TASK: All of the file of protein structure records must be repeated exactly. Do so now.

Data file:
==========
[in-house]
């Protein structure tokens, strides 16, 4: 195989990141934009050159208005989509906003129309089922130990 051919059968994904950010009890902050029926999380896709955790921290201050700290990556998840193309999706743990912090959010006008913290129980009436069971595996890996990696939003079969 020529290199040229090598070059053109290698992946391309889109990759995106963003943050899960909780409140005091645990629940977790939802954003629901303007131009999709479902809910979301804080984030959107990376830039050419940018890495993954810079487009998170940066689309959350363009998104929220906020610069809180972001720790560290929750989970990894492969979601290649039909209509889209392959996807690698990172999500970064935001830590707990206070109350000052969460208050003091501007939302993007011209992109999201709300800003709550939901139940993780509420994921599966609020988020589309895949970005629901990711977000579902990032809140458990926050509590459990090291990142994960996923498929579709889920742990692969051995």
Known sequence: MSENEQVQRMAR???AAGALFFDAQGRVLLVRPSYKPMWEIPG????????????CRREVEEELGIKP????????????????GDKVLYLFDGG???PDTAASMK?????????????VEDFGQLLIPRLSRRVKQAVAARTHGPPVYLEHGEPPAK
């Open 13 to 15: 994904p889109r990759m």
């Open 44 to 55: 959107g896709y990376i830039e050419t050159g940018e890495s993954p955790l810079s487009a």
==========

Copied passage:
[in-house]
């Protein structure tokens, strides 16, 4: 195989990141934009050159208005989509906003129309089922130990 051919059968994904950010009890902050029926999380896709955790921290201050700290990556998840193309999706743990912090959010006008913290129980009436069971595996890996990696939003079969 020529290199040229090598070059053109290698992946391309889109990759995106963003943050899960909780409140005091645990629940977790939802954003629901303007131009999709479902809910979301804080984030959107990376830039050419940018890495993954810079487009998170940066689309959350363009998104929220906020610069809180972001720790560290929750989970990894492969979601290649039909209509889209392959996807690698990172999500970064935001830590707990206070109350000052969460208050003091501007939302993007011209992109999201709300800003709550939901139940993780509420994921599966609020988020589309895949970005629901990711977000579902990032809140458990926050509590459990090291990142994960996923498929579709889920742990692969051995």
Known sequence: MSENEQVQRMAR???AAGALFFDAQGRVLLVRPSYKPMWEIPG????????????CRREVEEELGIKP????????????????GDKVLYLFDGG???PDTAASMK?????????????VEDFGQLLIPRLSRRVKQAVAARTHGPPVYLEHGEPPAK
């Open 13 to 15: 994904p889109r990759m």
């Open 44 to 55: 959107g896709y990376i830039e050419t050159g940018e890495s993954p955790l810079s487009a």